Raw rice (or rice powder) – 250 gms
Water – As needed
Gingely oil/til oil (optional) – 1 tsp

Filling and rice batter

Method:
You can make the batter in two different ways. The first method is more preferable as it gives better results where the rice coating on the adai is softer and does not stick to the outer leaf at all.

Method 1: Heat a cup of water and bring to boiling point. Once it starts bubbling, turn off the heat and add small quantities to the rice flour use a ladle to mix the water into the rice flour. Add a pinch of salt. Mix well to make a soft and firm dough. The consistency should be similar to that of idiyappam dough or modakam dough. Keep aside.

Method 2: Wash the rice and soak it in water for around 2-3 hours. Grind to make a fine and smooth paste. The batter should not be too watery or very thick. The consistency should be such that you should be able to spread it on a leaf using the back of a spatula. If you are using rice powder, simply mix water to the rice powder to prepare the batter. Keep the batter aside. You can add the gingely oil to the batter at this stage. This is optional. Wash, clean, and cut the banana leaves into small rectangle or square pieces. Turn on the gas stove flame to medium and show the banana leaf over the flame lightly ensuring that the leaf turns color but does not get burnt. This makes the leaf flexible and it can be folded easily without it breaking or causing it to tear.

Take the banana leaf bit and spread it inner side facing up. Take a ladle full of rice batter and spread it across the leaf leaving half inch space free on all sides. The rice batter should be spread like a thick dosa. If you are using the first method to make a tight dough of the rice flour, you may take a fistful of rice dough and use your fingers to pat it gently and spread a thin layer of dough on the leaf.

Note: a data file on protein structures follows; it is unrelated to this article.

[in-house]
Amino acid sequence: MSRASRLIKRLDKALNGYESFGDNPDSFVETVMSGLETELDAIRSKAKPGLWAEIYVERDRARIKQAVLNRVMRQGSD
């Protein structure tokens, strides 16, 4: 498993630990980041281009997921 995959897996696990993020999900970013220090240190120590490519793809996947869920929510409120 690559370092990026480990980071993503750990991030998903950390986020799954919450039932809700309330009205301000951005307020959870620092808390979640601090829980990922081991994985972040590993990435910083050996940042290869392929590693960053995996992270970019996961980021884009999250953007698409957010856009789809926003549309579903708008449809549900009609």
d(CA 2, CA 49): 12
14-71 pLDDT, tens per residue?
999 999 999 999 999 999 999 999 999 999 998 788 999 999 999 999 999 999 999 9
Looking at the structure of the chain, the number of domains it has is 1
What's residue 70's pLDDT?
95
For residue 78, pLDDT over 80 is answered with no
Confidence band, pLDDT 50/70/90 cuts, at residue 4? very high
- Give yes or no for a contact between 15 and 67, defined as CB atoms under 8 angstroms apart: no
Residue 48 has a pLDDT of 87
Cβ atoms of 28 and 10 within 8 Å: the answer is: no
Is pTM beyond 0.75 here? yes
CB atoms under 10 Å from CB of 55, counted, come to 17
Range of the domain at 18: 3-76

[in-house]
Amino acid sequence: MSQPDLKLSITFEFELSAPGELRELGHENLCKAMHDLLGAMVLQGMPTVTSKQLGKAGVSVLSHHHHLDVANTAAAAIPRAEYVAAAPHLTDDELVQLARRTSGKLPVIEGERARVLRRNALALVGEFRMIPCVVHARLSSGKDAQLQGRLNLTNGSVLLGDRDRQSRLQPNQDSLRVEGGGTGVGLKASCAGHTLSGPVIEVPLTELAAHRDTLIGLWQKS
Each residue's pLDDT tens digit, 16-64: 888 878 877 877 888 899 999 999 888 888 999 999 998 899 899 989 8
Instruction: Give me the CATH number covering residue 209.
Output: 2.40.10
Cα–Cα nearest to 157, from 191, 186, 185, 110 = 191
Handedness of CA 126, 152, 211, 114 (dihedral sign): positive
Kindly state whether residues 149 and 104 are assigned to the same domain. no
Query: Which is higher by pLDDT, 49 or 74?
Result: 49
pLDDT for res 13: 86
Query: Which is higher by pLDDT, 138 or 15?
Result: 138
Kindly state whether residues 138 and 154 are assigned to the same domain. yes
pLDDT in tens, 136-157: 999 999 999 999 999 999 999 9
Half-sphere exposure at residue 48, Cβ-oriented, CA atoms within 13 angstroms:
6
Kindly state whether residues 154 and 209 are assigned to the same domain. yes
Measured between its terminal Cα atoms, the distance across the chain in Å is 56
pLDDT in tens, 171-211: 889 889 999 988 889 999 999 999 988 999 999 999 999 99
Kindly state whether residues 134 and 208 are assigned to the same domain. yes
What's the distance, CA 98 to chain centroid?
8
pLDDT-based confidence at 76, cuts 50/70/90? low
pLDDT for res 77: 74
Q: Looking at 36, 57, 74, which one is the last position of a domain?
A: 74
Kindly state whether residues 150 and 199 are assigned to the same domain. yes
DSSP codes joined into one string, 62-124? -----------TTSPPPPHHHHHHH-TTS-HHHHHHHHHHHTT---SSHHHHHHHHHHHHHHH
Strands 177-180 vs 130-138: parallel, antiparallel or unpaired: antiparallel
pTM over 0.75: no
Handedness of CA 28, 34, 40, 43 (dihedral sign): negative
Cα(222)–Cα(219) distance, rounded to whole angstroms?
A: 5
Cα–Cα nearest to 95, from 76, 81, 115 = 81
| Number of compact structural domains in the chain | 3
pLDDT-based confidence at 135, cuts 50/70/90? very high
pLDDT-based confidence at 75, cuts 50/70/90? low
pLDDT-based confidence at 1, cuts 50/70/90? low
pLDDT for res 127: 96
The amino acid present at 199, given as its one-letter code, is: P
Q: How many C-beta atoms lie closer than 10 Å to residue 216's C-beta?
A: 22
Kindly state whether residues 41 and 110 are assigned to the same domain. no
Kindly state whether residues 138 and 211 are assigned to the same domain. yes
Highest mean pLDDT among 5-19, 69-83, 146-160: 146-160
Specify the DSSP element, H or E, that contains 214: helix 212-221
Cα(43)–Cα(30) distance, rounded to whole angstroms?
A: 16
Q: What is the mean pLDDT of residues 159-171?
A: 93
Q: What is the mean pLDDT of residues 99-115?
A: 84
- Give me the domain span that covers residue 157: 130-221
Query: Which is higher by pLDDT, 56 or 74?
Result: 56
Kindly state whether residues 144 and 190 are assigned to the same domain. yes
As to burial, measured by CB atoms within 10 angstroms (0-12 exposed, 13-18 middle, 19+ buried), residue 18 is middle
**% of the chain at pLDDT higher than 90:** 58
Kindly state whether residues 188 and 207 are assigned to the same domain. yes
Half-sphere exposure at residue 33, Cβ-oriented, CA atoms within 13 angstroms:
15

spread the rice paste

Take a spoon full of the filling and place it on one side of the rice spread on the banana leaf. Spread the filling in such a way that half the area of the spread rice should have the sweet filling as a topping.

Add filling

Grab the two ends of the leaf where the rice batter is without topping and fold this to the other ends of the leaf. Now the leaf has one folded side and three open sides. Lightly fold the top of the leaf and then the sides of the leaf that are open to make a sealed packet.

Repeat these steps to make similar packets until you either run out of batter, filling, or leaves. Leftover filling is not a problem at all. It is so delicious by itself and can be finished in a jiffy!

If you run out of filling mid way, instead of the filling you could add some grated coconut and sprinkle a spoon of sugar and make these sweet parcels. If you have a diabetic in the house, you could add adequate salt to the leftover batter, spread it on the leaf, and add grated coconut. You see, there is a parcel for everyone!

Arrange the sealed packets on an idli stand and steam cook for around 10-15 minutes. Turn off and allow it to cool for 5 minutes.

Steamed ela ada

When you open the packet, if the filling or the rice batter sticks only to one side, then it means that it is adequately cooked.

Opened-elai-adaiSteamed pan poli

 

 

 

 

 

Ela ada - sugar version

The aroma of steamed banana leaf combined with jaggery, jackfruit jam, and rice is heavenly.

Dosas, Everyday Simple Recipes, Indian, Kerala Recipes, Snacks, South Indian, Sweets

Sweet Dosa